5 Reasons to Join FMHC

So why should you join FMHC?

If you’re a current or prospective student at Grand Valley State University, you may be wondering what opportunities there are for you to succeed. The Frederik Meijer Honors College is one that you should definitely consider! Here are some of the reasons why:

  1. Develop Skills: Students will develop their abilities in the classroom allowing them to gain more than just information. When you hone your skills as a critical thinker, creative problem-solver, and polished writer, you can take on any challenge with confidence.
  2. Connect with Opportunities: Frederik Meijer Honors College faculty members will also put their experience and knowledge to work for you. That may mean helping you identify opportunities, such as scholarships, internships, and research; fielding questions about careers in our disciplines; writing substantive letters of reference that can make a difference, or even contacting a colleague at another university on your behalf.
  3. Improve your Writing Skills: One goal of the Frederik Meijer Honors College is to enhance students’ writing abilities. Throughout the Meijer Honors College, professors challenge the students to improve and enhance their writing skills, which are becoming increasingly important in today’s business world and in many professions.
  4. Set Yourself Apart: Graduate program admissions committees and employers look for people who set high standards for themselves and excel; those who prefer the less traveled but more challenging route.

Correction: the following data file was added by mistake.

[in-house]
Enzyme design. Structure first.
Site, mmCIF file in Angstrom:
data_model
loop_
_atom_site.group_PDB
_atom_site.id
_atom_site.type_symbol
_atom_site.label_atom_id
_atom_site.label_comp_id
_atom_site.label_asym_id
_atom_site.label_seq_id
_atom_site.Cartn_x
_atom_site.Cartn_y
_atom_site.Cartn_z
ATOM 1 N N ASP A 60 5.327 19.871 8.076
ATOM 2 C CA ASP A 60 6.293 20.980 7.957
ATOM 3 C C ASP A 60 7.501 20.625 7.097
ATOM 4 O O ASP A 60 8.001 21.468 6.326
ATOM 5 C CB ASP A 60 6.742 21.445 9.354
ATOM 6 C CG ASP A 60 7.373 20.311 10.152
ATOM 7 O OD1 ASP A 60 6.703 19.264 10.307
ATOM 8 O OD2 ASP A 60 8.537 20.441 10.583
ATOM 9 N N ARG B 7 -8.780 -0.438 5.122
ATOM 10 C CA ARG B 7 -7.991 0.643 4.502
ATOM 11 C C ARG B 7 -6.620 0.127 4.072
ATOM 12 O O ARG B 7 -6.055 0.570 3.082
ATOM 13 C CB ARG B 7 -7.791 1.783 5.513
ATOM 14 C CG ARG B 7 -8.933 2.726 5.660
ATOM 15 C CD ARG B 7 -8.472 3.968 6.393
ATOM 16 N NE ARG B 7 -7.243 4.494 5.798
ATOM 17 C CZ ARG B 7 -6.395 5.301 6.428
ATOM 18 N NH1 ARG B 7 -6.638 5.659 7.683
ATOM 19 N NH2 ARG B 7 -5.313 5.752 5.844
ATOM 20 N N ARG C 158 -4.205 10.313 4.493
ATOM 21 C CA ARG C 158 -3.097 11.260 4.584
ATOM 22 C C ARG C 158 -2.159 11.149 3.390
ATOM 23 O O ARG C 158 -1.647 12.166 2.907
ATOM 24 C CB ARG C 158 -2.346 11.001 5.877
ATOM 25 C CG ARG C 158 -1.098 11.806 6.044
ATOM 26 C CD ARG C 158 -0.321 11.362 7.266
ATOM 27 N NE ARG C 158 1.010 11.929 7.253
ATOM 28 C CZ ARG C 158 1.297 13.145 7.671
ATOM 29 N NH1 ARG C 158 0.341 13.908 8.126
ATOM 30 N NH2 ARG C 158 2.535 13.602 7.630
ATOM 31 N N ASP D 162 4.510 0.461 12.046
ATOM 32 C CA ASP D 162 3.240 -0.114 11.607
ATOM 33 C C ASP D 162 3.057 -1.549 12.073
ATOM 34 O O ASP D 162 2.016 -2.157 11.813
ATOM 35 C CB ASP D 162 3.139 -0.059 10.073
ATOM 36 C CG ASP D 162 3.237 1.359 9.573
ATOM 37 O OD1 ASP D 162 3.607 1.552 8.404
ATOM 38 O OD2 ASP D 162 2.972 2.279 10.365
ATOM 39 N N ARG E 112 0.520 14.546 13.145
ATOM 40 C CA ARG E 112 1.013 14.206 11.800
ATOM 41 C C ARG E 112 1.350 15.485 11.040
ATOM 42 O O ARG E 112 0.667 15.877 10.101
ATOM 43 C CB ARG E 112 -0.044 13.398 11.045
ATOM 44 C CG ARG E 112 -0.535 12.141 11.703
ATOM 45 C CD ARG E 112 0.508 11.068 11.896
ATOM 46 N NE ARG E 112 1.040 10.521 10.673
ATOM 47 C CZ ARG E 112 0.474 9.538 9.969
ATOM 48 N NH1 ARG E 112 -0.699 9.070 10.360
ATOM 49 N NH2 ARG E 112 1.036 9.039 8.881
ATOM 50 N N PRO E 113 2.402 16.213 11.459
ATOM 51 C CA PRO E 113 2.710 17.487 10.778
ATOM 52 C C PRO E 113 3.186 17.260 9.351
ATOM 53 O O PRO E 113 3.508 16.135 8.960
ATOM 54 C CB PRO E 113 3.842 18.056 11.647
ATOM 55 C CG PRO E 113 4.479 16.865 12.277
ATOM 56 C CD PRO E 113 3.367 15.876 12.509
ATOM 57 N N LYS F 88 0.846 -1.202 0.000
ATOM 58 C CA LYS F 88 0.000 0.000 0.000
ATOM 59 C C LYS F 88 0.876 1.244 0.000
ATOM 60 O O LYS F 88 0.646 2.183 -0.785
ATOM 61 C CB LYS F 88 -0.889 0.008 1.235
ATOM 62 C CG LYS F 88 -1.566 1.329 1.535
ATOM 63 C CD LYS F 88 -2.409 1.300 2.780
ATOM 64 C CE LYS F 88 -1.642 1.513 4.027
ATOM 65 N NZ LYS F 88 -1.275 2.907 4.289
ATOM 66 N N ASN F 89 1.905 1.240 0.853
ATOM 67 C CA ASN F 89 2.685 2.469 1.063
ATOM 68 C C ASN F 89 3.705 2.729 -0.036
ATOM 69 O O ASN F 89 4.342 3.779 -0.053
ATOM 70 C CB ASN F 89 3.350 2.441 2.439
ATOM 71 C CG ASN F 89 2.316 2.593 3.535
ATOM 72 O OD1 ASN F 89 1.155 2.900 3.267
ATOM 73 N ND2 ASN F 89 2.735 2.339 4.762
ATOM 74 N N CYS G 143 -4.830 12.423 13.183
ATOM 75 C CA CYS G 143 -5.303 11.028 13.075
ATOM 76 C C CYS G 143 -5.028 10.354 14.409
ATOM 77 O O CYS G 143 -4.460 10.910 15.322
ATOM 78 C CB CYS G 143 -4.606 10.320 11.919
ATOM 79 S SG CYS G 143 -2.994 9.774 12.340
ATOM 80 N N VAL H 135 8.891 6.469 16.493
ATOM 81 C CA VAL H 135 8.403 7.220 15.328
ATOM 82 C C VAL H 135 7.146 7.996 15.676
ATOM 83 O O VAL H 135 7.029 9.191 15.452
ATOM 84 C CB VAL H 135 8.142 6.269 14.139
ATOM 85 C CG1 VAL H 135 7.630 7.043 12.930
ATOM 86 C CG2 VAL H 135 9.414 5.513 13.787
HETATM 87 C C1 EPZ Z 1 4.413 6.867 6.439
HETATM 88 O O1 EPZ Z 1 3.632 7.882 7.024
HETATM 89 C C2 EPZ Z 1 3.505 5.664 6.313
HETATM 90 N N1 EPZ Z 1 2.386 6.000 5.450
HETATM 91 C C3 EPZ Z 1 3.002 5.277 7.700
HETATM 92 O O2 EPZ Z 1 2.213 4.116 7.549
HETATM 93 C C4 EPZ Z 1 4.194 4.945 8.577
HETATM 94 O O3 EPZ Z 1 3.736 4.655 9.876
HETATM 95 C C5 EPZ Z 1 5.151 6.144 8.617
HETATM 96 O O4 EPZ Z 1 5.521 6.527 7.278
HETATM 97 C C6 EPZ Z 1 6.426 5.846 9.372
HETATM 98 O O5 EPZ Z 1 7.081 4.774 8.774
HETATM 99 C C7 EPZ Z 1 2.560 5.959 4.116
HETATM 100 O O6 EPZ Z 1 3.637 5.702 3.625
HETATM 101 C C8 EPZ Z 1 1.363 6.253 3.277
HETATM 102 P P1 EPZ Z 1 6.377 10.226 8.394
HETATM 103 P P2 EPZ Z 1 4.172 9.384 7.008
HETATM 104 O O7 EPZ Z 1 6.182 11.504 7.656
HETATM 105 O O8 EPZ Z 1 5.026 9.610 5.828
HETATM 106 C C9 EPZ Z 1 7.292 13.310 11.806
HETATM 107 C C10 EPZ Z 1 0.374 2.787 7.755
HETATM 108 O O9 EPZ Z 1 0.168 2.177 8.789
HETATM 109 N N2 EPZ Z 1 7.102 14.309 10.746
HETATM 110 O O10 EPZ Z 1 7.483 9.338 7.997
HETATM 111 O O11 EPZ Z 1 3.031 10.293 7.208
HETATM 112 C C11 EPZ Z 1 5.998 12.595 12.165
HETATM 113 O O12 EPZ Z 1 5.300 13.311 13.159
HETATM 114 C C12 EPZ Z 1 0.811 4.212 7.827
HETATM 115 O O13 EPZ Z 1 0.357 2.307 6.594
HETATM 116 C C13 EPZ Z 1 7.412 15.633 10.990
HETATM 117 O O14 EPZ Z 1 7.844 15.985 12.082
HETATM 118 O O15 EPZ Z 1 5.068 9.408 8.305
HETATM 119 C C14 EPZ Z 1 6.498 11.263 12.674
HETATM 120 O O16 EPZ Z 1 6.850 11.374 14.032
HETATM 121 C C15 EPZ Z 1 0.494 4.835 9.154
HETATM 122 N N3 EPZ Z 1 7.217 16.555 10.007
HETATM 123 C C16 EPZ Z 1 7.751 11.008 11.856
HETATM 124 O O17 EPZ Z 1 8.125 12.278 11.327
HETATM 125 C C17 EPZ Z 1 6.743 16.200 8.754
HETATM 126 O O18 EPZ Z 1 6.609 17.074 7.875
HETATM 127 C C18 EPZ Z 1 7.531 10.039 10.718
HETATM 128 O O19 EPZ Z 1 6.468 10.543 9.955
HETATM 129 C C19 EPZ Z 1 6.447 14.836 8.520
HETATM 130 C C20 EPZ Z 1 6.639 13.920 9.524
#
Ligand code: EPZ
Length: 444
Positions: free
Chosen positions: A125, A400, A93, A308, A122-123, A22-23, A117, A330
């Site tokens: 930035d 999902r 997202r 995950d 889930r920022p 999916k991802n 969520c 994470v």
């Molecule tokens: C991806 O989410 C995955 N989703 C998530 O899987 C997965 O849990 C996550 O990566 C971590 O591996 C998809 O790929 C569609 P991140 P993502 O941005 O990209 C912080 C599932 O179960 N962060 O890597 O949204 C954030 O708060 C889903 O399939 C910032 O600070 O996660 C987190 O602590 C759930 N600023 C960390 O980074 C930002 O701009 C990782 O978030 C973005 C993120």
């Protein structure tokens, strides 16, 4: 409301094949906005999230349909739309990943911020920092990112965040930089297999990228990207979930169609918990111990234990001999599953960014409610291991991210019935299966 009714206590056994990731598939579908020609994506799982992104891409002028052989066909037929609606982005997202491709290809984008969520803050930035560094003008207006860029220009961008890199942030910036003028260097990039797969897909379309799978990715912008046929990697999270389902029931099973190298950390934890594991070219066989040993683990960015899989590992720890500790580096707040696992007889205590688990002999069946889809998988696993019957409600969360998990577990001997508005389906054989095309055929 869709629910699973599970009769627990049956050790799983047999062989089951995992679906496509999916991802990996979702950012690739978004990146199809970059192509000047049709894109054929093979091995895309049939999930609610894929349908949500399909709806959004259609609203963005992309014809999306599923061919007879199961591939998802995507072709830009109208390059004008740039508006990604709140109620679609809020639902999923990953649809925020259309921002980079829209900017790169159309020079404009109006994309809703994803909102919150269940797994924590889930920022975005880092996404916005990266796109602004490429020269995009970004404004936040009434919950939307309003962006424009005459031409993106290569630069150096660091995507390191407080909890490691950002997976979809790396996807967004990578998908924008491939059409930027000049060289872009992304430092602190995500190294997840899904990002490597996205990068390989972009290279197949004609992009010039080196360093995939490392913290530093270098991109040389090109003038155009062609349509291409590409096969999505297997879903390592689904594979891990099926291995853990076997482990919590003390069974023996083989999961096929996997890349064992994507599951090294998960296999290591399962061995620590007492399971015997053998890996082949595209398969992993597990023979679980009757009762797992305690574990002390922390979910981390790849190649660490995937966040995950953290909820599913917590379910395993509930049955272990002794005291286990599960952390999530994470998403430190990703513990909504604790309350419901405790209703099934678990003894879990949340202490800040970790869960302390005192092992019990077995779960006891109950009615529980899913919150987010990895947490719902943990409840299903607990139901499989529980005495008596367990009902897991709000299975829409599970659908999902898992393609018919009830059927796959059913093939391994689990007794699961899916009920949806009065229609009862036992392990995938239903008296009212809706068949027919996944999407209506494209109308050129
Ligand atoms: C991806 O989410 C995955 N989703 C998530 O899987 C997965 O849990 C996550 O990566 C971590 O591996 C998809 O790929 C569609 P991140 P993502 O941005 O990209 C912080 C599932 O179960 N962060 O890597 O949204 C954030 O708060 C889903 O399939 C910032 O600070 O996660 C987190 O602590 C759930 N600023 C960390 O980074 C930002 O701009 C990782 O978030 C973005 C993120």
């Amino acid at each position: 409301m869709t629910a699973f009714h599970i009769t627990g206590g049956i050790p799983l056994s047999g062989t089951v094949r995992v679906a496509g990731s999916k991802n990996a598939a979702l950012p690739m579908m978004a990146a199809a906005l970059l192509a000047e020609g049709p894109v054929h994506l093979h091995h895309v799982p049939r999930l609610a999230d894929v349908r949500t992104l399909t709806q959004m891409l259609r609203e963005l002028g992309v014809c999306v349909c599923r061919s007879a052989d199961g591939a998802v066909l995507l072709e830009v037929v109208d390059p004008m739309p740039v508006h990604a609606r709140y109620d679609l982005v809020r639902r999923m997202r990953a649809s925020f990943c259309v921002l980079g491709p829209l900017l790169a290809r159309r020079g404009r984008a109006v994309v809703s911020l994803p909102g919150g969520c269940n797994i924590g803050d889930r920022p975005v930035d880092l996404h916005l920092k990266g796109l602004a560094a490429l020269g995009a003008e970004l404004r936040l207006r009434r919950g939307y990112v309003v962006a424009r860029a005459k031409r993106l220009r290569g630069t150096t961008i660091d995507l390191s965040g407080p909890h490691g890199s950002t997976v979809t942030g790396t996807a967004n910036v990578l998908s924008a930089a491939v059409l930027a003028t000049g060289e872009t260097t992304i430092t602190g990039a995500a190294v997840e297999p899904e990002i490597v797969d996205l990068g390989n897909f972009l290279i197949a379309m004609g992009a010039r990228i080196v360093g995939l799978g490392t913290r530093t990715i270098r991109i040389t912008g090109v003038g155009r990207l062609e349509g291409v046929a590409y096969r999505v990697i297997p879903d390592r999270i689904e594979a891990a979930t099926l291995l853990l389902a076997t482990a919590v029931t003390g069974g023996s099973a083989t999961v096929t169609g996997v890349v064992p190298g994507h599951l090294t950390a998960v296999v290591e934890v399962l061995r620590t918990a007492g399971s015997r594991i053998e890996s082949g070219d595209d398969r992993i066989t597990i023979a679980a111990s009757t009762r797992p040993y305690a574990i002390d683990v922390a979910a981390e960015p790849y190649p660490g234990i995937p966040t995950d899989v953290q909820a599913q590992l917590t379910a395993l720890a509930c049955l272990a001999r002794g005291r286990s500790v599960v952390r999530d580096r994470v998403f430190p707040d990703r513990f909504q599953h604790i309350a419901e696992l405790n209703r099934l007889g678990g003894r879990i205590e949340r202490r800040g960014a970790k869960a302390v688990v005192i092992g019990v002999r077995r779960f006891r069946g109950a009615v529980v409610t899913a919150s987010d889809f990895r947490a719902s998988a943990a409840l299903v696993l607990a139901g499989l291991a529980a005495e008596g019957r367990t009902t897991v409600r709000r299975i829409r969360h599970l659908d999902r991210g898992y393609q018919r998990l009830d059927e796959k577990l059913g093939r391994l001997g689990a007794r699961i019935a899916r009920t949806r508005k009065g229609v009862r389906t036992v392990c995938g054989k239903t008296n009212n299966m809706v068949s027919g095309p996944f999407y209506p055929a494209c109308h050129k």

5. Join a Community: The Frederik Meijer Honors College also includes an integrated living and learning environment promoting intellectual curiosity and an enthusiasm for learning that will live on well beyond our students’ undergraduate years. The Glenn A. Niemeyer Learning and Living Center offers students the opportunity to take classes in the same building in which they live.

The Frederik Meijer Honors College is a resource to help students identify opportunities, make informed and reflective decisions about career goals, and to prepare students inside and outside the classroom to be competitive for the best jobs, graduate programs, professional programs, and fellowships.

Visit our website for more information about how to apply!